A warm bowl of oatmeal packs many nutrients, including protein, healthy carbs, and dietary fibre. It can keep you satiated and charged up for a long time, and is great for weight loss. But, for many people who don't like oatmeal, even the benefits cannot trump its gooey texture or bland taste. However, there are ways to work oats into your diet, beyond regular oats-in-milk or porridge.
A quick look into what kinds of oats you will need, first. Oat groats refer to the whole oat kernel. It is uncut and takes about an hour to cook. Steel-cut oats refer to cut oat kernels, and take up to 20 minutes to cook. Regular, old-fashioned oats are rolled oats, which is made by rolling oat flakes. The more refined version of this is instant oats, which is widely available and inexpensive. These thin oat flakes take less than 10 minutes to cook. For most recipes, instant or rolled oats work best.
Including oats in your daily diet has a positive effect on the heart as it lowers cholesterol, reduces blood pressure and stablises blood sugar because of a low glycemic index. It is great for the skin, as it combats dry, itchy skin and traps moisture.
Swapping unhealthy ingredients or simply adding the humble but powerful oat to your daily dishes can make a huge difference to your diet. Here are a few ways to get started:
Smoothies and shakes
Oatmeal smoothies are a great start to the morning, better than the relatively-unhealthy cup of coffee. It works for those who are pressed for time in the mornings. Just add rolled oats, Greek yoghurt (or low-fat milk), chopped fruits such as banana, blueberry, melons or strawberry, nuts, almonds, and blend. Fruits act as a natural sweetener, so skip the sugar. For an extra zing, add cinnamon. In just five minutes, you have a protein shake, low on calories, that will energise you instantly.
Oats in Indian breakfast dishes
You don't have to give up on Indian morning favourites like poha, pongal, or idli-dosa to make way for oats. Instead, Indianise oats to suit your taste. Add oat flakes (slightly wetted, but not washed or soaked in water) and poha to sauteed onions and spices. For pongal, roast the oats, and cook dal till it is mushy. Add the oats to the boiling dal, along with standard pongal seasoning. To make dosa, uttapam or idli, add ground instant oats to other dosa ingredients (like rice flour) to blend the batter.
Make guilt-free sweets and cookies
This Diwali, try including oats in laddoos. For instance, a combination of coconut and jaggery go well with finely ground roasted oats. Experiment with sesame, dry fruits, nuts, dates, rava and even ragi. You can also add uncooked oats to cookie dough, along with chocolate chips, bananas, and raisins. Swap refined sugar for jaggery (for Indian sweets) or brown sugar and for once, you won't feel guilty to eat more than one.
As an alternative to bread crumbs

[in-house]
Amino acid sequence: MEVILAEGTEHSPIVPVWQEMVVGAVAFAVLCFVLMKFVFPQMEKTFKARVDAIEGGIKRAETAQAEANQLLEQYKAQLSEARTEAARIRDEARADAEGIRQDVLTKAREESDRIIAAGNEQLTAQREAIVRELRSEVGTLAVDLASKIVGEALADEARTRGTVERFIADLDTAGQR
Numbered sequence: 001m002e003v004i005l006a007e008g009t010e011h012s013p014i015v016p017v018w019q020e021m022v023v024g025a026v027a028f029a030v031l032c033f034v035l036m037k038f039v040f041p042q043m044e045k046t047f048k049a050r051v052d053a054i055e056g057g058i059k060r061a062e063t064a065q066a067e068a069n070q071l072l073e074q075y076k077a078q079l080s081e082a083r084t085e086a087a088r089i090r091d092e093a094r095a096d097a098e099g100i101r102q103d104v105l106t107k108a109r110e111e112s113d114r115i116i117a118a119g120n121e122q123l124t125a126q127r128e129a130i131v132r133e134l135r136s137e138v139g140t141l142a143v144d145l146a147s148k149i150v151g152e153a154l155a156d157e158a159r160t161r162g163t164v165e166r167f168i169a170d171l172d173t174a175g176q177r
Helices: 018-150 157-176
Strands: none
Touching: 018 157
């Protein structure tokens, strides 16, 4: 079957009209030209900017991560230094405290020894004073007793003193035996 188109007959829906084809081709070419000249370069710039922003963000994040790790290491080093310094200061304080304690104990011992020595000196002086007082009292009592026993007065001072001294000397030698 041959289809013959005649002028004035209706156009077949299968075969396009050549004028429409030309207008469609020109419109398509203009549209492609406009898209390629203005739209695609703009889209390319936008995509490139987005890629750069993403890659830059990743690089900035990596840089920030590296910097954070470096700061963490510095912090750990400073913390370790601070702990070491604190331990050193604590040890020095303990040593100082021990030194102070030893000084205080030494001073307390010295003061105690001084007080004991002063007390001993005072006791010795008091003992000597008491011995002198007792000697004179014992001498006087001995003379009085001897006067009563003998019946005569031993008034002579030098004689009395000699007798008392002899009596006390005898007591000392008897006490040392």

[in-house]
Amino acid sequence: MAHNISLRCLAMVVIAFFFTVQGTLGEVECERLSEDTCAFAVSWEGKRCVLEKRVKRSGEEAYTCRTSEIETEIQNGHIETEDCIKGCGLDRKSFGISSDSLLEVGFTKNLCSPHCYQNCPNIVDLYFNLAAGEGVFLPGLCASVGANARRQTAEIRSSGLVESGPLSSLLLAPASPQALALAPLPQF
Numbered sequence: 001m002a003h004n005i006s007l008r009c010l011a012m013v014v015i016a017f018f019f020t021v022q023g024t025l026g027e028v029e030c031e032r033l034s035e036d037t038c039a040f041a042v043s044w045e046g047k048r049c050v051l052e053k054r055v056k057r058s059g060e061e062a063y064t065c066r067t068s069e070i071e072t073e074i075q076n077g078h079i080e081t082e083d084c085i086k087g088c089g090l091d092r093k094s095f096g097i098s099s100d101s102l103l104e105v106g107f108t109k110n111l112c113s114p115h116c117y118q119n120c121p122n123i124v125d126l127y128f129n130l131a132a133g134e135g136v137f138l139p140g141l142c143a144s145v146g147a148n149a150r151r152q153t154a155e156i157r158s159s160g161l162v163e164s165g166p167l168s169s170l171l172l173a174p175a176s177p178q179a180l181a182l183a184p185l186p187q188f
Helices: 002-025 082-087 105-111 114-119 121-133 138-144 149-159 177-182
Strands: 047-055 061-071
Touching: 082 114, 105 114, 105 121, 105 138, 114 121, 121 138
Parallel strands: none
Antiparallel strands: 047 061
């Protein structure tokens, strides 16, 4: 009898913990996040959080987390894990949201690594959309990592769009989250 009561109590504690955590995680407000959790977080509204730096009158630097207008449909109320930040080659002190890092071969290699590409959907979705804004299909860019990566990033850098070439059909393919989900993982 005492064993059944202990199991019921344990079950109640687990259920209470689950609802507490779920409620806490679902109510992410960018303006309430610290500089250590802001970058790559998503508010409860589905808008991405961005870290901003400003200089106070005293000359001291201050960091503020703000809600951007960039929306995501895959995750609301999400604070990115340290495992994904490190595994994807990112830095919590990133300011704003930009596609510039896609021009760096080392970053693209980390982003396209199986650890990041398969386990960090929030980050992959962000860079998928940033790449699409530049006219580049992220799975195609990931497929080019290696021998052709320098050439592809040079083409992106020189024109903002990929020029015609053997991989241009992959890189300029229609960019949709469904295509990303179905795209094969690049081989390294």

Using cornflakes as an alternative to bread crumbs for pan-frying dishes is all good, but oats are a healthier option. Bread crumbs have more sodium and half the fibre than oats. Grind rolled oats or instant oats to a fine powder. You will need a quarter amount lesser than the measure for bread crumbs. Season with thyme, pepper, or garlic powder for taste. Store for later use, up to six months. Swap cracker crusts for pies with oatmeal crusts for an oatmeal cookie flavour.
Make cutlets and pakoras healthier
If you dread the oil and corn flour in cutlets and pakoras, oats can come to your rescue. Add dry roasted oats to your cutlet mixture of potatoes, meat or vegetables. Use finely ground oats to replace corn flour for coating before shallow frying. For the pakora, either roast oats or soak in water for a while and drain, before adding it to the mixture of spices and besan flour. While you can't discount the amount of oil you consume, you can at least have a snack that's filling and a tad bit healthier.
Oat flavoured rotis, cakes and breads
By now, you get an idea of how versatile the simple oat is. Just as jowar or bajra is used as flour to make rotis, oat flour can be used along with regular wheat flour. It does not affect the softness and texture of the flour, and is easy to make and store. Use finely ground instant or rolled oats and wheat flour in the ratio of 1:3 to make rotis, phulkas or parathas. Similarly, oat flour is a healthy substitute for regular flour for baking cakes and bread. It tends to be a little sweeter than regular flour, but the overall taste remains the same. Due to the lack of gluten in oats, you will need to add more yeast or baking powder to make the dough rise and feel elastic.
Skip the factory-packed energy bars with processed ingredients, and make your own to-go breakfast bars. These no-bake bars can include combinations of nuts, raisins, peanut butter, maple syrup, honey, cinnamon, vanilla essence, chocolate chips, and chia, flax or pumpkin seeds. To make the ingredients stick together, use dates (heat in a saucepan till it becomes loose) or a mix of peanut butter-honey. Press the batter into a baking tray and let it cool for a few hours. A batch of these delicious energy bars can last a week—if you can stop yourself from eating them all at once, of course.